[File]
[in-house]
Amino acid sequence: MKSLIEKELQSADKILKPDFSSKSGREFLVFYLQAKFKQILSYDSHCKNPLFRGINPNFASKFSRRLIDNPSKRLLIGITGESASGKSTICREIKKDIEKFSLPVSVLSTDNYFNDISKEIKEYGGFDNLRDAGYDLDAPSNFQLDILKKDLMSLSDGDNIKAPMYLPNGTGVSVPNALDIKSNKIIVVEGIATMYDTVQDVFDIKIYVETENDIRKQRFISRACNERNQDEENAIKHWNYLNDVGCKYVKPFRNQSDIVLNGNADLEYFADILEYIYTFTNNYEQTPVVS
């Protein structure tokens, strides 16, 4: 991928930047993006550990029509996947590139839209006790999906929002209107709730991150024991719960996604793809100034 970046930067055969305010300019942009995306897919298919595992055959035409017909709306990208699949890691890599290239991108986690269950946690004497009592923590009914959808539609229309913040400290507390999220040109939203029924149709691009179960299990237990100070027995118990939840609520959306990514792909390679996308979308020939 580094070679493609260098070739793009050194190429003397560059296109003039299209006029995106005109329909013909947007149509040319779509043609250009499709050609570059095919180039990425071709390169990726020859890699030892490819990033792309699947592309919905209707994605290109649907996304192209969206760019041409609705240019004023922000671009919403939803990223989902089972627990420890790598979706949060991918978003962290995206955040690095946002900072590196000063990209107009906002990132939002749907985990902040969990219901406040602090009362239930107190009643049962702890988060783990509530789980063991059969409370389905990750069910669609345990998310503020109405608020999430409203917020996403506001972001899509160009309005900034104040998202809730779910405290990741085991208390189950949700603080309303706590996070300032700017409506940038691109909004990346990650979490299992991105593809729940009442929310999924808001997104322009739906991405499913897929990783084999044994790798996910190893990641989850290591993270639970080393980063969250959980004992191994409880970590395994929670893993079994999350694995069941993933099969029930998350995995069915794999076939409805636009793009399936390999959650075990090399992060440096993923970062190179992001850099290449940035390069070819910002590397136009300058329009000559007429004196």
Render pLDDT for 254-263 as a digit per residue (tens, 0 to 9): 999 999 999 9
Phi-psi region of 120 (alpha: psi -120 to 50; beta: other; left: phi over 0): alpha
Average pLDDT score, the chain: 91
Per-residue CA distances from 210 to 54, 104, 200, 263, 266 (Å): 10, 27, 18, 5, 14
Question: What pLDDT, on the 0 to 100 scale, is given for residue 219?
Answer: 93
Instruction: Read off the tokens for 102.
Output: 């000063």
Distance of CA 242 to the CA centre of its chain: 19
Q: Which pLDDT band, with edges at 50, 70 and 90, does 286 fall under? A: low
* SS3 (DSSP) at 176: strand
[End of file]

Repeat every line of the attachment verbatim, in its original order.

[in-house]
Amino acid sequence: MKSLIEKELQSADKILKPDFSSKSGREFLVFYLQAKFKQILSYDSHCKNPLFRGINPNFASKFSRRLIDNPSKRLLIGITGESASGKSTICREIKKDIEKFSLPVSVLSTDNYFNDISKEIKEYGGFDNLRDAGYDLDAPSNFQLDILKKDLMSLSDGDNIKAPMYLPNGTGVSVPNALDIKSNKIIVVEGIATMYDTVQDVFDIKIYVETENDIRKQRFISRACNERNQDEENAIKHWNYLNDVGCKYVKPFRNQSDIVLNGNADLEYFADILEYIYTFTNNYEQTPVVS
């Protein structure tokens, strides 16, 4: 991928930047993006550990029509996947590139839209006790999906929002209107709730991150024991719960996604793809100034 970046930067055969305010300019942009995306897919298919595992055959035409017909709306990208699949890691890599290239991108986690269950946690004497009592923590009914959808539609229309913040400290507390999220040109939203029924149709691009179960299990237990100070027995118990939840609520959306990514792909390679996308979308020939 580094070679493609260098070739793009050194190429003397560059296109003039299209006029995106005109329909013909947007149509040319779509043609250009499709050609570059095919180039990425071709390169990726020859890699030892490819990033792309699947592309919905209707994605290109649907996304192209969206760019041409609705240019004023922000671009919403939803990223989902089972627990420890790598979706949060991918978003962290995206955040690095946002900072590196000063990209107009906002990132939002749907985990902040969990219901406040602090009362239930107190009643049962702890988060783990509530789980063991059969409370389905990750069910669609345990998310503020109405608020999430409203917020996403506001972001899509160009309005900034104040998202809730779910405290990741085991208390189950949700603080309303706590996070300032700017409506940038691109909004990346990650979490299992991105593809729940009442929310999924808001997104322009739906991405499913897929990783084999044994790798996910190893990641989850290591993270639970080393980063969250959980004992191994409880970590395994929670893993079994999350694995069941993933099969029930998350995995069915794999076939409805636009793009399936390999959650075990090399992060440096993923970062190179992001850099290449940035390069070819910002590397136009300058329009000559007429004196």
Render pLDDT for 254-263 as a digit per residue (tens, 0 to 9): 999 999 999 9
Phi-psi region of 120 (alpha: psi -120 to 50; beta: other; left: phi over 0): alpha
Average pLDDT score, the chain: 91
Per-residue CA distances from 210 to 54, 104, 200, 263, 266 (Å): 10, 27, 18, 5, 14
Question: What pLDDT, on the 0 to 100 scale, is given for residue 219?
Answer: 93
Instruction: Read off the tokens for 102.
Output: 């000063």
Distance of CA 242 to the CA centre of its chain: 19
Q: Which pLDDT band, with edges at 50, 70 and 90, does 286 fall under? A: low
* SS3 (DSSP) at 176: strand